A few weeks back, the afternoon forecast called for sleet and I asked JT to ride with me to school so that I could drive him home after wrestling practice. I try to be a courageous mama when my boy is behind the wheel, but sleet in the dark was more than my heart could bear.
For the better part of the last 14 years, we have driven to school together. Since he got his license and his car, it’s been easier for JT to drive himself to school. It allows him to sleep in a little later (or leave early for a 6 am run on the towpath at school…..I am not kidding), and otherwise makes things easier on us both. It was something of an epiphany for me to be able to go to the gym and then head home, rather than rush back to school anxious that I would get there before his practice had ended.
As we drove home on that icy afternoon, I idly wondered if it would be the last ride to school we would make together. He’s been my commuter companion since the Fall of 2003. First, as a three year old in a car seat with his binky, his blanket, and an assortment of the things he collected in his pockets; then as a little boy in a booster seat, singing along with the car radio and angling for a toasted coconut donut from Dunkin’ Donuts. Later, he was my front seat companion, choosing a music playlist or bemoaning my NPR-listening ways. For the last few years, he was my teenage companion, putting on headphones and pulling his hoody over his head.
In short, we’ve ridden many miles together. On that icy Monday, afternoon I wondered how many more rides to school we would make together. A dozen? A few? None? Had I just made my last mama-and-her-boy school commute?
There are so many lasts in the world of parenting —— the last time my baby crawled; the last time he used his binky; the last time I read him a story before he went to sleep; the last time he played in the backyard sprinkler. And yet, when it comes to a child, these “lasts” are expected, even sought. I’m not the only parent who has no memory of these lasts; they were part of the always-changing landscape of a child growing up. After all, giving up crawling is how a child walks. And so many of those lasts were followed by thrilling new firsts.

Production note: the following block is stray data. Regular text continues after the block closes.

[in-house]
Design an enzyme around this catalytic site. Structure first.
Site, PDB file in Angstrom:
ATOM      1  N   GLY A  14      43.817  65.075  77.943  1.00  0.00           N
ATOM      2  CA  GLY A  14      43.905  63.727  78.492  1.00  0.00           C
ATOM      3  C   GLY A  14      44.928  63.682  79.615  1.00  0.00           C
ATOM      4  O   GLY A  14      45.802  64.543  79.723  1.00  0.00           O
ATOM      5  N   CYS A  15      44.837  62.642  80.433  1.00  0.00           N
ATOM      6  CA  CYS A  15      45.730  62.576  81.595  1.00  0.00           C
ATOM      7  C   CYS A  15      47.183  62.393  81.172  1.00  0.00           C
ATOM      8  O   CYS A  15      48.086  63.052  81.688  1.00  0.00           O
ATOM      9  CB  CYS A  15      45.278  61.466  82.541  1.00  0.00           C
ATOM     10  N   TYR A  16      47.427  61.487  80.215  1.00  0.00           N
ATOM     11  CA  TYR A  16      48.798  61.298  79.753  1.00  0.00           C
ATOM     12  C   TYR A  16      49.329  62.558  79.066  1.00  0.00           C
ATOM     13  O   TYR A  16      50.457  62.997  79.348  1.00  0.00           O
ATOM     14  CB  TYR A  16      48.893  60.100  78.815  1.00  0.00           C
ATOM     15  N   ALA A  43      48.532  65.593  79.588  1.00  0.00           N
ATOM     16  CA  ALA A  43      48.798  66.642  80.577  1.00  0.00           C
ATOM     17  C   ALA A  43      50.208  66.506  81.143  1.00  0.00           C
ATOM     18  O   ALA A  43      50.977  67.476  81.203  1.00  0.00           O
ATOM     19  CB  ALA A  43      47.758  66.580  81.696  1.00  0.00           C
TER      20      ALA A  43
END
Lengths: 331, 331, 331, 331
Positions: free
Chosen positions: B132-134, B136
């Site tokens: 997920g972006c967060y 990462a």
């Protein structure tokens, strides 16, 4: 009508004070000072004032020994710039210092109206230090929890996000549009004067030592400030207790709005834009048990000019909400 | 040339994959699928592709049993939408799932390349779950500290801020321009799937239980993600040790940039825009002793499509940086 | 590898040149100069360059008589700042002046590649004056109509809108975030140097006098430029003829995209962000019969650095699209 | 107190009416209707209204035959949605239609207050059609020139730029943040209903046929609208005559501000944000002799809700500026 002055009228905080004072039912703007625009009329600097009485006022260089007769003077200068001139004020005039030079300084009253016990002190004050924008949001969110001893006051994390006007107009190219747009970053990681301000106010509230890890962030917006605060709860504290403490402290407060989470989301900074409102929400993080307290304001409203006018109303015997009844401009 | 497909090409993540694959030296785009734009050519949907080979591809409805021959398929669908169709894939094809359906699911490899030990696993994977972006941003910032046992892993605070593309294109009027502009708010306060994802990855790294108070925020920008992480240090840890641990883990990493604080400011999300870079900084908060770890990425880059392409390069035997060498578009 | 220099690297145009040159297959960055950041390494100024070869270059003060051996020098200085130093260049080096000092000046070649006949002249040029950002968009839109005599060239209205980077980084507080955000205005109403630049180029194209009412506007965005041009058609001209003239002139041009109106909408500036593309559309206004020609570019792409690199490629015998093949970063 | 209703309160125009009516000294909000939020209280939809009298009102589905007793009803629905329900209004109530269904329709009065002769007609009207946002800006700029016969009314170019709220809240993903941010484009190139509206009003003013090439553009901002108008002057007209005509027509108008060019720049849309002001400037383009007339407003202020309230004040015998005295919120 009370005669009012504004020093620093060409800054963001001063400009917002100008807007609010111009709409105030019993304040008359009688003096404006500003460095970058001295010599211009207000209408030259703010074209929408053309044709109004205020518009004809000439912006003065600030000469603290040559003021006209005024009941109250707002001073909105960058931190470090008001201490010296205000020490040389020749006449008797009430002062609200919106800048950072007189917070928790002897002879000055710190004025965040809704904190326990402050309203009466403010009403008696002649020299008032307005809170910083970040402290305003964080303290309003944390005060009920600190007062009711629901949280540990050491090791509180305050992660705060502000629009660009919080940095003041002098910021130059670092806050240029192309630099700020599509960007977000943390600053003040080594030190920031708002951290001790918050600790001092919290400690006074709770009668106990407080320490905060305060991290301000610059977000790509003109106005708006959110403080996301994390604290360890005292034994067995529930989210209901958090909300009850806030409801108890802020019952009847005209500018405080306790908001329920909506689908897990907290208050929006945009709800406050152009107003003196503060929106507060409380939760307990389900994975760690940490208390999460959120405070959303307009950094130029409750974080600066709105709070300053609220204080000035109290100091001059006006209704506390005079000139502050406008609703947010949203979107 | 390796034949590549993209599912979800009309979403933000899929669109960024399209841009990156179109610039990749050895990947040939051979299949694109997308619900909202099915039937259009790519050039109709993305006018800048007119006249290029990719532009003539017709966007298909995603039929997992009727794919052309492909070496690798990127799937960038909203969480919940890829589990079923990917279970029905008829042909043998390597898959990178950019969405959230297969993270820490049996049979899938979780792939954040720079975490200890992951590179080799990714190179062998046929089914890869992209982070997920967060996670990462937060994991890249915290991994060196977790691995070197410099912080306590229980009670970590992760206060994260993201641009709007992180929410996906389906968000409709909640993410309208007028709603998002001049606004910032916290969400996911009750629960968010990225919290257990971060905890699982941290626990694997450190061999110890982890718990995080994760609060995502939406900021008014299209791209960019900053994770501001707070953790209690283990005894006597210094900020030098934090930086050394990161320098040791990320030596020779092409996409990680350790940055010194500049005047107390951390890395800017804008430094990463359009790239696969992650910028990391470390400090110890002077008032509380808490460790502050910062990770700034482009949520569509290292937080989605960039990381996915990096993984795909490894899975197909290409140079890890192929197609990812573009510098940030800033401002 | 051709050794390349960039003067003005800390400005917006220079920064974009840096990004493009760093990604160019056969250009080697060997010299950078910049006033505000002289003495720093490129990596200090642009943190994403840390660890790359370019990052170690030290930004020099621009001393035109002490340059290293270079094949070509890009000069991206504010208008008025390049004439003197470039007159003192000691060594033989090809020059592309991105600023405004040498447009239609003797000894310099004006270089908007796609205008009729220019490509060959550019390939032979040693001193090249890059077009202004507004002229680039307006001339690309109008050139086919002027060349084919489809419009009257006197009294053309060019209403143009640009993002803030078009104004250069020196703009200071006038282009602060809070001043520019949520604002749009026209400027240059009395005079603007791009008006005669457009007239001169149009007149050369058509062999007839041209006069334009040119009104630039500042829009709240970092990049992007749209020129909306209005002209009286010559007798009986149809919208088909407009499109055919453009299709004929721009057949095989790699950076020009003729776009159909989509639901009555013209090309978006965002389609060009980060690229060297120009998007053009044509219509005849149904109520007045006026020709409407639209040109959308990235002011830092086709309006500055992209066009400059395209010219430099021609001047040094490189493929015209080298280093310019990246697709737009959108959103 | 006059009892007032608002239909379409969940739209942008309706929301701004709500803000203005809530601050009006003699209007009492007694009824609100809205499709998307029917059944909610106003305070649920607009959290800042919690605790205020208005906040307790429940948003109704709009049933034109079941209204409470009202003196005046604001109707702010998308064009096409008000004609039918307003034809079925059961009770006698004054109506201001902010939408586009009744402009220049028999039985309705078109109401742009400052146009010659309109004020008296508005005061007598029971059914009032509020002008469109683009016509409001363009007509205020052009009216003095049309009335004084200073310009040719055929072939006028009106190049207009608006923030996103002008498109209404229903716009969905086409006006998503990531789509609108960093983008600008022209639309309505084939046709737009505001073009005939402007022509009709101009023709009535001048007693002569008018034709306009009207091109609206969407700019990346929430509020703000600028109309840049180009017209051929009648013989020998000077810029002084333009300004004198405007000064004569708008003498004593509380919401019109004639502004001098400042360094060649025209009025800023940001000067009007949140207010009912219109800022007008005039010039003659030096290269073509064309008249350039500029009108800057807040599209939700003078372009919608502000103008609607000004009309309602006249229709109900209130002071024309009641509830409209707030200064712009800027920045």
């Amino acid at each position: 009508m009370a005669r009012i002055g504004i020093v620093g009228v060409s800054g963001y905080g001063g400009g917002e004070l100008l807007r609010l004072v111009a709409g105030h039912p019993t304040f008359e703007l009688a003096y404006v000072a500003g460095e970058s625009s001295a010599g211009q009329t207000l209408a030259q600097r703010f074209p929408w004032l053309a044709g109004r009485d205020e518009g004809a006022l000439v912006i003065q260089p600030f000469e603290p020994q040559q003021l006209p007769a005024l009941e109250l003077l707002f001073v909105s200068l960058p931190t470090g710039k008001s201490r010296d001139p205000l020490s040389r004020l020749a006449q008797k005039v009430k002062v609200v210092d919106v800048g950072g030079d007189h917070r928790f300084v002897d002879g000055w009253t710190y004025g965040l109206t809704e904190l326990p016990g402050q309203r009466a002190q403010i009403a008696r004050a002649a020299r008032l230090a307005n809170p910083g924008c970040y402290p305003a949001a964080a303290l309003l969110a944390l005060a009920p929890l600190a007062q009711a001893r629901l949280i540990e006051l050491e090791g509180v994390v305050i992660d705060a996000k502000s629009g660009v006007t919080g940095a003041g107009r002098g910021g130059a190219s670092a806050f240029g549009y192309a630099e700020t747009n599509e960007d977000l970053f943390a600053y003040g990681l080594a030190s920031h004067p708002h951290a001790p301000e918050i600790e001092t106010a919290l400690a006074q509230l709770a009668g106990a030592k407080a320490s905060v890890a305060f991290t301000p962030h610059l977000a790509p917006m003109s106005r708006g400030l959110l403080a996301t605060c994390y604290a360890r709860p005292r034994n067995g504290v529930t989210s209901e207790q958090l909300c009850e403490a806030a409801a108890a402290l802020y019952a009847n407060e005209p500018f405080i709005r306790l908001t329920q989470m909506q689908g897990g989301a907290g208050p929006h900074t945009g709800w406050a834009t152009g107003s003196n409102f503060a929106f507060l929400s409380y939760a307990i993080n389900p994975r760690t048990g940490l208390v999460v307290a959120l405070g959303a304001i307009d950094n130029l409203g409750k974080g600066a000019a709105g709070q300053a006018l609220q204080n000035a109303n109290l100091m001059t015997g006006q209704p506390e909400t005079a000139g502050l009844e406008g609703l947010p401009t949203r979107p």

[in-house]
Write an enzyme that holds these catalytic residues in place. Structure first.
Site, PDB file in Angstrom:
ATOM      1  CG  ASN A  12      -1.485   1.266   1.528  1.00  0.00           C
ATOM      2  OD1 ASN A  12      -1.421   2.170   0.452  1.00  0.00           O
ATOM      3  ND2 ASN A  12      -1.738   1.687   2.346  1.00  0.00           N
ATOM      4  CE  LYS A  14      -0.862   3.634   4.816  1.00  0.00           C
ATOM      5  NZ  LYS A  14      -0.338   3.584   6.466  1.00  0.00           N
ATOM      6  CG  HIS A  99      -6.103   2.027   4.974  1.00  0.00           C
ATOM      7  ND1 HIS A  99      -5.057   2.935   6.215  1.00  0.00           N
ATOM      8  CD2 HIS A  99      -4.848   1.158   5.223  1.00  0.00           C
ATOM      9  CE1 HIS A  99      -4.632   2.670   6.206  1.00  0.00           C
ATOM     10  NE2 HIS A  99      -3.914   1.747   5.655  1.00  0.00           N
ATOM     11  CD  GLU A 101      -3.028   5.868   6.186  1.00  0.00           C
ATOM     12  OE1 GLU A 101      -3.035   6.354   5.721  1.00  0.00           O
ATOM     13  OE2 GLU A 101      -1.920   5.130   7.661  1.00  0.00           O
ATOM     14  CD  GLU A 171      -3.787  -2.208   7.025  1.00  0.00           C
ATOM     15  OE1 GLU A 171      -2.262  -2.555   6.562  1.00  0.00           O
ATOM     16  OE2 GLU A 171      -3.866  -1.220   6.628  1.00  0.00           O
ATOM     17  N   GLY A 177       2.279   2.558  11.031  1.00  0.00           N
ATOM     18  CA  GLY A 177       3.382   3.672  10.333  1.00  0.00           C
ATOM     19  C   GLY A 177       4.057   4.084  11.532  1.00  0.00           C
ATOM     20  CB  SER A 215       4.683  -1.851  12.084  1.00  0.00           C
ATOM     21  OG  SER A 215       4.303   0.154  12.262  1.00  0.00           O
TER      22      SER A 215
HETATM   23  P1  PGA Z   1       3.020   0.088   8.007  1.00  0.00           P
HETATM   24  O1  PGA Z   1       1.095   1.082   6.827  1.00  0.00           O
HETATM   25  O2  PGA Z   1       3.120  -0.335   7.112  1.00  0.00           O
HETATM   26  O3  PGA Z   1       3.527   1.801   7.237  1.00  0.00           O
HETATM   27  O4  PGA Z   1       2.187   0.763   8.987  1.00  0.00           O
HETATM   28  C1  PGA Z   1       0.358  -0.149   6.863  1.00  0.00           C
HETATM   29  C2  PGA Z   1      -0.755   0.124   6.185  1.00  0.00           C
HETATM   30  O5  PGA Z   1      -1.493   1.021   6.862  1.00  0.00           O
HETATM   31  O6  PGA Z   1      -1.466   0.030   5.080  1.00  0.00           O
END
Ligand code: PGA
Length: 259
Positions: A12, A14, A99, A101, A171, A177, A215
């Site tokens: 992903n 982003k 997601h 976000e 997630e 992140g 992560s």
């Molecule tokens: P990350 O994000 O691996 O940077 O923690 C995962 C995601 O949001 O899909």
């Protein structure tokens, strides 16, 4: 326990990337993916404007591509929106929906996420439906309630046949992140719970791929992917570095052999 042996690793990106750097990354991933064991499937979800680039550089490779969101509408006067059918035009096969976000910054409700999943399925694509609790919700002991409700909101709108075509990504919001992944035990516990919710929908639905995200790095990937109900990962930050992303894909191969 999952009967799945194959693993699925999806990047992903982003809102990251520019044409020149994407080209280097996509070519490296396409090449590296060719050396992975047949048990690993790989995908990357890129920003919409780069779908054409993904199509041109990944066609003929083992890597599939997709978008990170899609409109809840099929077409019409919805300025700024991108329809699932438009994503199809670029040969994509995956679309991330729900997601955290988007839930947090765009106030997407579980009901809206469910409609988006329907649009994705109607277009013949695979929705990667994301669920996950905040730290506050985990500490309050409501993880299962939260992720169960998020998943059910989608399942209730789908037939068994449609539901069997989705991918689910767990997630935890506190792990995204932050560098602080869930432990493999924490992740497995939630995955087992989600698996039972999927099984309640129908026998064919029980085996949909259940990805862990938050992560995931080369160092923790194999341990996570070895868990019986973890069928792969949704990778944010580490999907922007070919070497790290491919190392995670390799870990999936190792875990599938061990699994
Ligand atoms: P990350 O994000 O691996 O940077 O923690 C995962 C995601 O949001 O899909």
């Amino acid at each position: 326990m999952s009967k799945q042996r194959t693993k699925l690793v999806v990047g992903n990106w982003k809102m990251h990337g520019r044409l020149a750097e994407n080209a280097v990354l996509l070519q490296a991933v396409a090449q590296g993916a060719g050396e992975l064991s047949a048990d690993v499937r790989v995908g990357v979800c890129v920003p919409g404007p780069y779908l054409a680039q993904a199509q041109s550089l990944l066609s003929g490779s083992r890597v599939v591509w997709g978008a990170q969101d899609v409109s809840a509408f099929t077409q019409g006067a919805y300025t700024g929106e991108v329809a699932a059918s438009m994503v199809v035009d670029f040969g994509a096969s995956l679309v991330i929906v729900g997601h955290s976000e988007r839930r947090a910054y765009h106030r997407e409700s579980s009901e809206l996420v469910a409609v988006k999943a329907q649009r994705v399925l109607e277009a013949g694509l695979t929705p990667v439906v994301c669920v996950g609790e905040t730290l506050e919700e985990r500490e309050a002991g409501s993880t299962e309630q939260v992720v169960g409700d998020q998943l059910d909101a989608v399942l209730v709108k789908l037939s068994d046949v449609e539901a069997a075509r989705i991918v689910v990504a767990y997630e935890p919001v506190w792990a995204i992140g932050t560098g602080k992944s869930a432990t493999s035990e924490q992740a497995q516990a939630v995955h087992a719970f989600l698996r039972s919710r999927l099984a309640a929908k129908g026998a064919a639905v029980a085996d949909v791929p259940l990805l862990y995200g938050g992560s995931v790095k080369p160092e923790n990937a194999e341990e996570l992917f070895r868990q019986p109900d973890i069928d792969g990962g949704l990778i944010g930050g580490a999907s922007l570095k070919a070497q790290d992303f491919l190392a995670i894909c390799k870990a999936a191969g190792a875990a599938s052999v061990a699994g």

It feels like a different landscape as I envision 2018, which will find my son heading away from home, moving away to college. The “lasts” that will precede the move to college seem like they should be more momentous. But I’m aware that focusing on the “lasts” puts me at risk for worrying so much about them that I lose sight of the “now.” And so I redirect my thoughts to the happiness in the moment.
From the very first time I held him in my arms, I’ve known that’s it’s my job to raise an independent human being, one who can take on the challenges and joys of life with perseverance and confidence. That means finding happiness and becoming his own person. That means changes and new things. It means there will be some lasts in life.
For me, getting my son to that independence meant making sure he knew that he was loved beyond measure, so that he could head out in the world confident in his value as a person. I’ve had 18 years to show that love by building memories and traditions together. In this season of transition, as so many “lasts” occur, I’m determined to live in the moment, sure in the knowledge that though 18 years passed by at the speed of light, there are still so many firsts yet to come.